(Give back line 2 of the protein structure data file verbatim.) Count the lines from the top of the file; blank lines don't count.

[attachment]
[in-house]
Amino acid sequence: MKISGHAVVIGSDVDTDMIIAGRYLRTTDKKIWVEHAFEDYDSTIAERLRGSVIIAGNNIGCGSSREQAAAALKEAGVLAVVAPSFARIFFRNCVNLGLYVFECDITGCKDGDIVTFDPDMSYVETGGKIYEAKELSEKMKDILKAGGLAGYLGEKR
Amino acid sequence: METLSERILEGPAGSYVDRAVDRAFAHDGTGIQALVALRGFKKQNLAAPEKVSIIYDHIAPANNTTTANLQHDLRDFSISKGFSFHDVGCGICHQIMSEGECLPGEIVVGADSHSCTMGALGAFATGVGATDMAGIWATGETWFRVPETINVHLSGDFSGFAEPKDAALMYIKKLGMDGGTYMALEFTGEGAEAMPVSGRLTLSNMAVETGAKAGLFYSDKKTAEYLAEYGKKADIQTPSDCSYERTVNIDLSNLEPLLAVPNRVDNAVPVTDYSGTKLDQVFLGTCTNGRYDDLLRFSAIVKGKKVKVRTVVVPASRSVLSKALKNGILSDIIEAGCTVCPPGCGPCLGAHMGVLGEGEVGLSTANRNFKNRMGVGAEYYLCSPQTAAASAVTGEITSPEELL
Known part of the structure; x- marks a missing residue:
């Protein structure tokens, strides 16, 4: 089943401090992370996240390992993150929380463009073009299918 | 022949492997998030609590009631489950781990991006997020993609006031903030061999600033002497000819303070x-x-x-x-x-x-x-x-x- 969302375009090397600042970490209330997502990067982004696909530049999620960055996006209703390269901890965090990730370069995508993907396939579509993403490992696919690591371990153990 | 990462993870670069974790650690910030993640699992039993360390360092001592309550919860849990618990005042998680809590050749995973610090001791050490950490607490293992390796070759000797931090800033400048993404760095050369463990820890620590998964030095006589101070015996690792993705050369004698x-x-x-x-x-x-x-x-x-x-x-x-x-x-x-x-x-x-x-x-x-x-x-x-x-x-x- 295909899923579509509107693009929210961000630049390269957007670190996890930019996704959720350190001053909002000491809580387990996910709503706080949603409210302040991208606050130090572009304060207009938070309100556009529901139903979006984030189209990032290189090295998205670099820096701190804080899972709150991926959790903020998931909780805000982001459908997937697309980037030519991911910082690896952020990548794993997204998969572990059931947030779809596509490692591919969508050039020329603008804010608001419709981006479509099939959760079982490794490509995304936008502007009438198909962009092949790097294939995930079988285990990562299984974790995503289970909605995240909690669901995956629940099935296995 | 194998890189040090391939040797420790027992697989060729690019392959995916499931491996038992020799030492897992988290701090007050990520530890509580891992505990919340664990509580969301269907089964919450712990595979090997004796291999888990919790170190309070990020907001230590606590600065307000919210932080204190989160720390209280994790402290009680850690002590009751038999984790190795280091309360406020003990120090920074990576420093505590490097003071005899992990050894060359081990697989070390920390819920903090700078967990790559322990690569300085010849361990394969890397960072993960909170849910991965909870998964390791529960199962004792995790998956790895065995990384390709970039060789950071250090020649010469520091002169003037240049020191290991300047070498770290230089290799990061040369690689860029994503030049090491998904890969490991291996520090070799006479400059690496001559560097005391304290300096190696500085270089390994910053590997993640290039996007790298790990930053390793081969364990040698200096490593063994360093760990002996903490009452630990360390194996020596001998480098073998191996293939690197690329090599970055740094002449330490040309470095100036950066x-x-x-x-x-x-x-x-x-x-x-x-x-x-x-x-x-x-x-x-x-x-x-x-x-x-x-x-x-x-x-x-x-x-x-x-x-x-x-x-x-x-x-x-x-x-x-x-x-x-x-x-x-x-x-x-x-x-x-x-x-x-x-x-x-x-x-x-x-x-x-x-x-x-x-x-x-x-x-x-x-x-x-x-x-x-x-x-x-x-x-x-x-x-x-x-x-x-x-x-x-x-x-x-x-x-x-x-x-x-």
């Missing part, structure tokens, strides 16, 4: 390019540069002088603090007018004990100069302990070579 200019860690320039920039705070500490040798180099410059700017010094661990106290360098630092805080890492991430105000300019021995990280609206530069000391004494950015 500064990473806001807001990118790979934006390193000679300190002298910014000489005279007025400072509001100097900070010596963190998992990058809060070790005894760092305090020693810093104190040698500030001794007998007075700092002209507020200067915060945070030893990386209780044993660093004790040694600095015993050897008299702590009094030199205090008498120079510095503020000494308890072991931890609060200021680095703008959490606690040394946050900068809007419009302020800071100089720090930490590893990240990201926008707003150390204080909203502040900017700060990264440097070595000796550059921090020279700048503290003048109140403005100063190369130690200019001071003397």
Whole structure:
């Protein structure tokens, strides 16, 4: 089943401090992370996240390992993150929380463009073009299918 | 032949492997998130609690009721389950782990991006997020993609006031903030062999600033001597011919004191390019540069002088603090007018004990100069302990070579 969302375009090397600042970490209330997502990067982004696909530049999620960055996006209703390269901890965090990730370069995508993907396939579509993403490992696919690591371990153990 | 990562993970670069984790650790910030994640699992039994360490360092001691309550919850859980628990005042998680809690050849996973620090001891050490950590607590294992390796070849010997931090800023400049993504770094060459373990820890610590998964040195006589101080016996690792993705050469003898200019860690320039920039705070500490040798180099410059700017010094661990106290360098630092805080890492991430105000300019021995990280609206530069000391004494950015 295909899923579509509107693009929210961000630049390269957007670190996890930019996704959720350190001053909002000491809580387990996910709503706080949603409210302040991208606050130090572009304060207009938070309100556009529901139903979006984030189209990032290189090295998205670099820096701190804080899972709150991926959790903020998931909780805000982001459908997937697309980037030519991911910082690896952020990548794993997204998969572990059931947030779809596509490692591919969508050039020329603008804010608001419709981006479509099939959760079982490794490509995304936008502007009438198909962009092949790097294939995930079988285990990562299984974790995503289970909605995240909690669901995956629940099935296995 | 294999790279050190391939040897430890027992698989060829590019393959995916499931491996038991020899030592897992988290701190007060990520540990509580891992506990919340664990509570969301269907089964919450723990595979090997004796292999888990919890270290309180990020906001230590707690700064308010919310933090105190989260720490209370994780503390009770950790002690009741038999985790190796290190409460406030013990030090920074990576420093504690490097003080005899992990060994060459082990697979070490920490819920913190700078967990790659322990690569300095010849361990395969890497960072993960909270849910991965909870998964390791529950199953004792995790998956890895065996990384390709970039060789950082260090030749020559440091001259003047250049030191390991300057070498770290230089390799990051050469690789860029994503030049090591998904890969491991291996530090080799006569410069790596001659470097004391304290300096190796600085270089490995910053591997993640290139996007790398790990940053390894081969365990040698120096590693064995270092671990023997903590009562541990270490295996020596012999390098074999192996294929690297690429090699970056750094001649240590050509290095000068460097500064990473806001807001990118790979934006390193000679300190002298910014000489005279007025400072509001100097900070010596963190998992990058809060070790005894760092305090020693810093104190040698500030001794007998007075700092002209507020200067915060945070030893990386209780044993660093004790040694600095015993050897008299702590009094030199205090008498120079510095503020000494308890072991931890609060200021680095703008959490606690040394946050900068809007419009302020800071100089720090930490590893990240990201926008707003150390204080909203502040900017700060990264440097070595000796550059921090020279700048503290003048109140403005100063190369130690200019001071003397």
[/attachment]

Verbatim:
Amino acid sequence: MKISGHAVVIGSDVDTDMIIAGRYLRTTDKKIWVEHAFEDYDSTIAERLRGSVIIAGNNIGCGSSREQAAAALKEAGVLAVVAPSFARIFFRNCVNLGLYVFECDITGCKDGDIVTFDPDMSYVETGGKIYEAKELSEKMKDILKAGGLAGYLGEKR